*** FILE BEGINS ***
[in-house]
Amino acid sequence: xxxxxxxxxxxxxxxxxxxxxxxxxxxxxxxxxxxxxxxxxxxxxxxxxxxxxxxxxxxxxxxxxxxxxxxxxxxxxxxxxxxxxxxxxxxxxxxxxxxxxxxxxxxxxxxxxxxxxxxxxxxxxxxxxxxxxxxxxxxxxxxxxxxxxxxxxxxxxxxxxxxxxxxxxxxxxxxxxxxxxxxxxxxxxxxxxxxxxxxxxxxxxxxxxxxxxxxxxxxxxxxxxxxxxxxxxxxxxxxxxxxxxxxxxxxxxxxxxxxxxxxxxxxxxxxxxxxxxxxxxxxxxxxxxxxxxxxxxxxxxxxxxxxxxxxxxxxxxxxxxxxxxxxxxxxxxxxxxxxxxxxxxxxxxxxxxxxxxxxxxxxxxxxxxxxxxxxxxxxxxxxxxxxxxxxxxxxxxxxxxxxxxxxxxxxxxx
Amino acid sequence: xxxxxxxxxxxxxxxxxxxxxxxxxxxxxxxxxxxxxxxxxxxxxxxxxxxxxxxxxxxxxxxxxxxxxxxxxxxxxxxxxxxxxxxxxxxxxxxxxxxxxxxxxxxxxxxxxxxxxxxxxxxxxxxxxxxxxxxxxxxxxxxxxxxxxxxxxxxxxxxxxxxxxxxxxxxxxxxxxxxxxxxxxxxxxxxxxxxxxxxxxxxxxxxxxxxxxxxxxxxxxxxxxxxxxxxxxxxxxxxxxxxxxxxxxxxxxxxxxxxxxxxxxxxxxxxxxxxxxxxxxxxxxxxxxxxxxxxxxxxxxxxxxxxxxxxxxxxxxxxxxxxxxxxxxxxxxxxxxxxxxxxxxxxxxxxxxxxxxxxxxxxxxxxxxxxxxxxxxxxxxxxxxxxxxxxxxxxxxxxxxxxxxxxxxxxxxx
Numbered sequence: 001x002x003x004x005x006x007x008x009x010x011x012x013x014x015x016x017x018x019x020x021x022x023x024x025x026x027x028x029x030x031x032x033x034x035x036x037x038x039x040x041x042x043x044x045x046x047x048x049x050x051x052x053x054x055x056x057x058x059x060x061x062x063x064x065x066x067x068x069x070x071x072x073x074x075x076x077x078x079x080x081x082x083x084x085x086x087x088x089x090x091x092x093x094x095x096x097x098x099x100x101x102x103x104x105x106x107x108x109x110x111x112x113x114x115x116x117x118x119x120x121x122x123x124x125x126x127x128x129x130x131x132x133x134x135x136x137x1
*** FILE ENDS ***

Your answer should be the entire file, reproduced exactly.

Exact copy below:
[in-house]
Amino acid sequence: xxxxxxxxxxxxxxxxxxxxxxxxxxxxxxxxxxxxxxxxxxxxxxxxxxxxxxxxxxxxxxxxxxxxxxxxxxxxxxxxxxxxxxxxxxxxxxxxxxxxxxxxxxxxxxxxxxxxxxxxxxxxxxxxxxxxxxxxxxxxxxxxxxxxxxxxxxxxxxxxxxxxxxxxxxxxxxxxxxxxxxxxxxxxxxxxxxxxxxxxxxxxxxxxxxxxxxxxxxxxxxxxxxxxxxxxxxxxxxxxxxxxxxxxxxxxxxxxxxxxxxxxxxxxxxxxxxxxxxxxxxxxxxxxxxxxxxxxxxxxxxxxxxxxxxxxxxxxxxxxxxxxxxxxxxxxxxxxxxxxxxxxxxxxxxxxxxxxxxxxxxxxxxxxxxxxxxxxxxxxxxxxxxxxxxxxxxxxxxxxxxxxxxxxxxxxxx
Amino acid sequence: xxxxxxxxxxxxxxxxxxxxxxxxxxxxxxxxxxxxxxxxxxxxxxxxxxxxxxxxxxxxxxxxxxxxxxxxxxxxxxxxxxxxxxxxxxxxxxxxxxxxxxxxxxxxxxxxxxxxxxxxxxxxxxxxxxxxxxxxxxxxxxxxxxxxxxxxxxxxxxxxxxxxxxxxxxxxxxxxxxxxxxxxxxxxxxxxxxxxxxxxxxxxxxxxxxxxxxxxxxxxxxxxxxxxxxxxxxxxxxxxxxxxxxxxxxxxxxxxxxxxxxxxxxxxxxxxxxxxxxxxxxxxxxxxxxxxxxxxxxxxxxxxxxxxxxxxxxxxxxxxxxxxxxxxxxxxxxxxxxxxxxxxxxxxxxxxxxxxxxxxxxxxxxxxxxxxxxxxxxxxxxxxxxxxxxxxxxxxxxxxxxxxxxxxxxxxxx
Numbered sequence: 001x002x003x004x005x006x007x008x009x010x011x012x013x014x015x016x017x018x019x020x021x022x023x024x025x026x027x028x029x030x031x032x033x034x035x036x037x038x039x040x041x042x043x044x045x046x047x048x049x050x051x052x053x054x055x056x057x058x059x060x061x062x063x064x065x066x067x068x069x070x071x072x073x074x075x076x077x078x079x080x081x082x083x084x085x086x087x088x089x090x091x092x093x094x095x096x097x098x099x100x101x102x103x104x105x106x107x108x109x110x111x112x113x114x115x116x117x118x119x120x121x122x123x124x125x126x127x128x129x130x131x132x133x134x135x136x137x1